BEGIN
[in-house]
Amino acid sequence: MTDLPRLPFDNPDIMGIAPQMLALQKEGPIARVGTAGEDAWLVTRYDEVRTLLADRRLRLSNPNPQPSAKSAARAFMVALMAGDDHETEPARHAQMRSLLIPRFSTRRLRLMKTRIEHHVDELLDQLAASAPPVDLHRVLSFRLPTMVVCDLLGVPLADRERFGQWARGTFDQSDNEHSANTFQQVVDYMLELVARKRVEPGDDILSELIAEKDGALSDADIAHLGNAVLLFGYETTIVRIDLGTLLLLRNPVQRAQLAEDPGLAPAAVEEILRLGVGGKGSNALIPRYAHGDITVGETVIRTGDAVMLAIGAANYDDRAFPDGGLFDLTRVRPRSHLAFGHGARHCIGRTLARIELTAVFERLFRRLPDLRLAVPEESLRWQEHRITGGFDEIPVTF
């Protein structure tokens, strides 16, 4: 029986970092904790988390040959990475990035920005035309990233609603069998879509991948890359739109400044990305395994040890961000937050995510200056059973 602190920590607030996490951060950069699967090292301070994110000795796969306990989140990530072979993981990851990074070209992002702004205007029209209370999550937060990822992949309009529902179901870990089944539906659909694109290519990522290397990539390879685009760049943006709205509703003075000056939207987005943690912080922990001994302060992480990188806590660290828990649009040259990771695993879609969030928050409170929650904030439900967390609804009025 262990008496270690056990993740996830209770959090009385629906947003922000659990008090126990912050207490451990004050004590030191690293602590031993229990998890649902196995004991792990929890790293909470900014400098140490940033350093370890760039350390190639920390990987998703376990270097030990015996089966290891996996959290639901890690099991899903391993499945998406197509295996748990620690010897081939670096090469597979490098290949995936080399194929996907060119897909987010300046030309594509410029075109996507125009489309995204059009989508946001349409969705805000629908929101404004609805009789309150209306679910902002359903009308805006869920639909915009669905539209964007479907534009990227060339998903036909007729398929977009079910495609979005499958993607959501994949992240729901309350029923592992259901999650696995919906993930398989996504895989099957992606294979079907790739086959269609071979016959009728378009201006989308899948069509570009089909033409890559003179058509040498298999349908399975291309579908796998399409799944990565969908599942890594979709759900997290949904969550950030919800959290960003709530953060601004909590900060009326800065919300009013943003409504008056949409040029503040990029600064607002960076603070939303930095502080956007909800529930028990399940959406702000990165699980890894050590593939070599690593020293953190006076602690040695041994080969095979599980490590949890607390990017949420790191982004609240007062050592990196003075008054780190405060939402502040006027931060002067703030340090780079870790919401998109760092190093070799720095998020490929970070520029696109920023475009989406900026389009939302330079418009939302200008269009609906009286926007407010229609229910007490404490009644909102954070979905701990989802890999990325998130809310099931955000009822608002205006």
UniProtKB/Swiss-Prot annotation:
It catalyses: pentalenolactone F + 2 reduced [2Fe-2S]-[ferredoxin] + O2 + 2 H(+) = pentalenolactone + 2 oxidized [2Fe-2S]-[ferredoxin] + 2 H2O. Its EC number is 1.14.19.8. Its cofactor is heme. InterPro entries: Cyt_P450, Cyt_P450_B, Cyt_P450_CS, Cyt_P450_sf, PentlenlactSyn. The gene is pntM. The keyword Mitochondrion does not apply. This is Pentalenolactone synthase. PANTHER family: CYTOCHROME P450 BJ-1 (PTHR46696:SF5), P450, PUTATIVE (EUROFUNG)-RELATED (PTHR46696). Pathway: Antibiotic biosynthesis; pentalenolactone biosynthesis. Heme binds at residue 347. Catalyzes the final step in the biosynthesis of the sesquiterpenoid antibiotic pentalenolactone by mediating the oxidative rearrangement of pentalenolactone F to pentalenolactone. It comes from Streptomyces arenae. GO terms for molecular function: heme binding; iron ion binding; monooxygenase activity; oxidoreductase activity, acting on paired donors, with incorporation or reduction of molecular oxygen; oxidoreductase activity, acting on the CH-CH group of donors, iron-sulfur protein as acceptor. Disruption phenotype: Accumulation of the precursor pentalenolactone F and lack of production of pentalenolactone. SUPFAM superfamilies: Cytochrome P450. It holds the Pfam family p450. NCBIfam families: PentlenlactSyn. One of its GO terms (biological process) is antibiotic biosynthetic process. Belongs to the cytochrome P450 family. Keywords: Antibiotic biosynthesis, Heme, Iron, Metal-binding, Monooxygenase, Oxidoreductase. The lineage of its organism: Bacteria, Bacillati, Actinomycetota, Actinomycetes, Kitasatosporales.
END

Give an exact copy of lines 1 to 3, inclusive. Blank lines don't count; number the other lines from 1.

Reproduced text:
[in-house]
Amino acid sequence: MTDLPRLPFDNPDIMGIAPQMLALQKEGPIARVGTAGEDAWLVTRYDEVRTLLADRRLRLSNPNPQPSAKSAARAFMVALMAGDDHETEPARHAQMRSLLIPRFSTRRLRLMKTRIEHHVDELLDQLAASAPPVDLHRVLSFRLPTMVVCDLLGVPLADRERFGQWARGTFDQSDNEHSANTFQQVVDYMLELVARKRVEPGDDILSELIAEKDGALSDADIAHLGNAVLLFGYETTIVRIDLGTLLLLRNPVQRAQLAEDPGLAPAAVEEILRLGVGGKGSNALIPRYAHGDITVGETVIRTGDAVMLAIGAANYDDRAFPDGGLFDLTRVRPRSHLAFGHGARHCIGRTLARIELTAVFERLFRRLPDLRLAVPEESLRWQEHRITGGFDEIPVTF
């Protein structure tokens, strides 16, 4: 029986970092904790988390040959990475990035920005035309990233609603069998879509991948890359739109400044990305395994040890961000937050995510200056059973 602190920590607030996490951060950069699967090292301070994110000795796969306990989140990530072979993981990851990074070209992002702004205007029209209370999550937060990822992949309009529902179901870990089944539906659909694109290519990522290397990539390879685009760049943006709205509703003075000056939207987005943690912080922990001994302060992480990188806590660290828990649009040259990771695993879609969030928050409170929650904030439900967390609804009025 262990008496270690056990993740996830209770959090009385629906947003922000659990008090126990912050207490451990004050004590030191690293602590031993229990998890649902196995004991792990929890790293909470900014400098140490940033350093370890760039350390190639920390990987998703376990270097030990015996089966290891996996959290639901890690099991899903391993499945998406197509295996748990620690010897081939670096090469597979490098290949995936080399194929996907060119897909987010300046030309594509410029075109996507125009489309995204059009989508946001349409969705805000629908929101404004609805009789309150209306679910902002359903009308805006869920639909915009669905539209964007479907534009990227060339998903036909007729398929977009079910495609979005499958993607959501994949992240729901309350029923592992259901999650696995919906993930398989996504895989099957992606294979079907790739086959269609071979016959009728378009201006989308899948069509570009089909033409890559003179058509040498298999349908399975291309579908796998399409799944990565969908599942890594979709759900997290949904969550950030919800959290960003709530953060601004909590900060009326800065919300009013943003409504008056949409040029503040990029600064607002960076603070939303930095502080956007909800529930028990399940959406702000990165699980890894050590593939070599690593020293953190006076602690040695041994080969095979599980490590949890607390990017949420790191982004609240007062050592990196003075008054780190405060939402502040006027931060002067703030340090780079870790919401998109760092190093070799720095998020490929970070520029696109920023475009989406900026389009939302330079418009939302200008269009609906009286926007407010229609229910007490404490009644909102954070979905701990989802890999990325998130809310099931955000009822608002205006």